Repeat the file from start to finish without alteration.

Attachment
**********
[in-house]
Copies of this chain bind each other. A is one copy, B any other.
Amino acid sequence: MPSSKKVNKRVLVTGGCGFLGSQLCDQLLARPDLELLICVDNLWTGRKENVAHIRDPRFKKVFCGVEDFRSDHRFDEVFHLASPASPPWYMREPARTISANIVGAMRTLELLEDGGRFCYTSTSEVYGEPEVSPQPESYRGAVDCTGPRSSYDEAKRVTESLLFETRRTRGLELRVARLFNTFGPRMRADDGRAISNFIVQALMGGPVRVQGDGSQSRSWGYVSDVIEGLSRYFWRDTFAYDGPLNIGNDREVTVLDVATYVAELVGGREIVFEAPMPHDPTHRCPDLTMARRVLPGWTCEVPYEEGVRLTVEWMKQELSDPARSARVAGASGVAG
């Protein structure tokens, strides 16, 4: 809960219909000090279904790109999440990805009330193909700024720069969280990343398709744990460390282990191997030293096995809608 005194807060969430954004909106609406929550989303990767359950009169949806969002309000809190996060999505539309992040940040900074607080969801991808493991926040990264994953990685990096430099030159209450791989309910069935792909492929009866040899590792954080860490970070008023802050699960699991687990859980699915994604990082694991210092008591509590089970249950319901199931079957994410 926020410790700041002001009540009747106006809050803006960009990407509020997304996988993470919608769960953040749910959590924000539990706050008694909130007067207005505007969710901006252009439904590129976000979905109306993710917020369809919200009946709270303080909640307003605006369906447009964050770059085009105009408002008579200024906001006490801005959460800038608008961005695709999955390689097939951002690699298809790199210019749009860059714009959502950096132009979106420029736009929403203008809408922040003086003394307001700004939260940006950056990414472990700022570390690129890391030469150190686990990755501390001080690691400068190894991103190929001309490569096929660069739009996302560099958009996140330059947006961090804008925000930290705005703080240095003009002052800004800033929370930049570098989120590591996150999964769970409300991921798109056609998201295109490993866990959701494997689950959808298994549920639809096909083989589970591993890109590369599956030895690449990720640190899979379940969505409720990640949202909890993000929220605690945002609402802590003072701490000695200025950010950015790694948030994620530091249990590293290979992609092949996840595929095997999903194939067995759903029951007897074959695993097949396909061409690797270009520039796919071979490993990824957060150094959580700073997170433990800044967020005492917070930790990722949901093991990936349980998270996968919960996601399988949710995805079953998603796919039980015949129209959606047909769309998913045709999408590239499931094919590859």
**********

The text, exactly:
[in-house]
Copies of this chain bind each other. A is one copy, B any other.
Amino acid sequence: MPSSKKVNKRVLVTGGCGFLGSQLCDQLLARPDLELLICVDNLWTGRKENVAHIRDPRFKKVFCGVEDFRSDHRFDEVFHLASPASPPWYMREPARTISANIVGAMRTLELLEDGGRFCYTSTSEVYGEPEVSPQPESYRGAVDCTGPRSSYDEAKRVTESLLFETRRTRGLELRVARLFNTFGPRMRADDGRAISNFIVQALMGGPVRVQGDGSQSRSWGYVSDVIEGLSRYFWRDTFAYDGPLNIGNDREVTVLDVATYVAELVGGREIVFEAPMPHDPTHRCPDLTMARRVLPGWTCEVPYEEGVRLTVEWMKQELSDPARSARVAGASGVAG
């Protein structure tokens, strides 16, 4: 809960219909000090279904790109999440990805009330193909700024720069969280990343398709744990460390282990191997030293096995809608 005194807060969430954004909106609406929550989303990767359950009169949806969002309000809190996060999505539309992040940040900074607080969801991808493991926040990264994953990685990096430099030159209450791989309910069935792909492929009866040899590792954080860490970070008023802050699960699991687990859980699915994604990082694991210092008591509590089970249950319901199931079957994410 926020410790700041002001009540009747106006809050803006960009990407509020997304996988993470919608769960953040749910959590924000539990706050008694909130007067207005505007969710901006252009439904590129976000979905109306993710917020369809919200009946709270303080909640307003605006369906447009964050770059085009105009408002008579200024906001006490801005959460800038608008961005695709999955390689097939951002690699298809790199210019749009860059714009959502950096132009979106420029736009929403203008809408922040003086003394307001700004939260940006950056990414472990700022570390690129890391030469150190686990990755501390001080690691400068190894991103190929001309490569096929660069739009996302560099958009996140330059947006961090804008925000930290705005703080240095003009002052800004800033929370930049570098989120590591996150999964769970409300991921798109056609998201295109490993866990959701494997689950959808298994549920639809096909083989589970591993890109590369599956030895690449990720640190899979379940969505409720990640949202909890993000929220605690945002609402802590003072701490000695200025950010950015790694948030994620530091249990590293290979992609092949996840595929095997999903194939067995759903029951007897074959695993097949396909061409690797270009520039796919071979490993990824957060150094959580700073997170433990800044967020005492917070930790990722949901093991990936349980998270996968919960996601399988949710995805079953998603796919039980015949129209959606047909769309998913045709999408590239499931094919590859």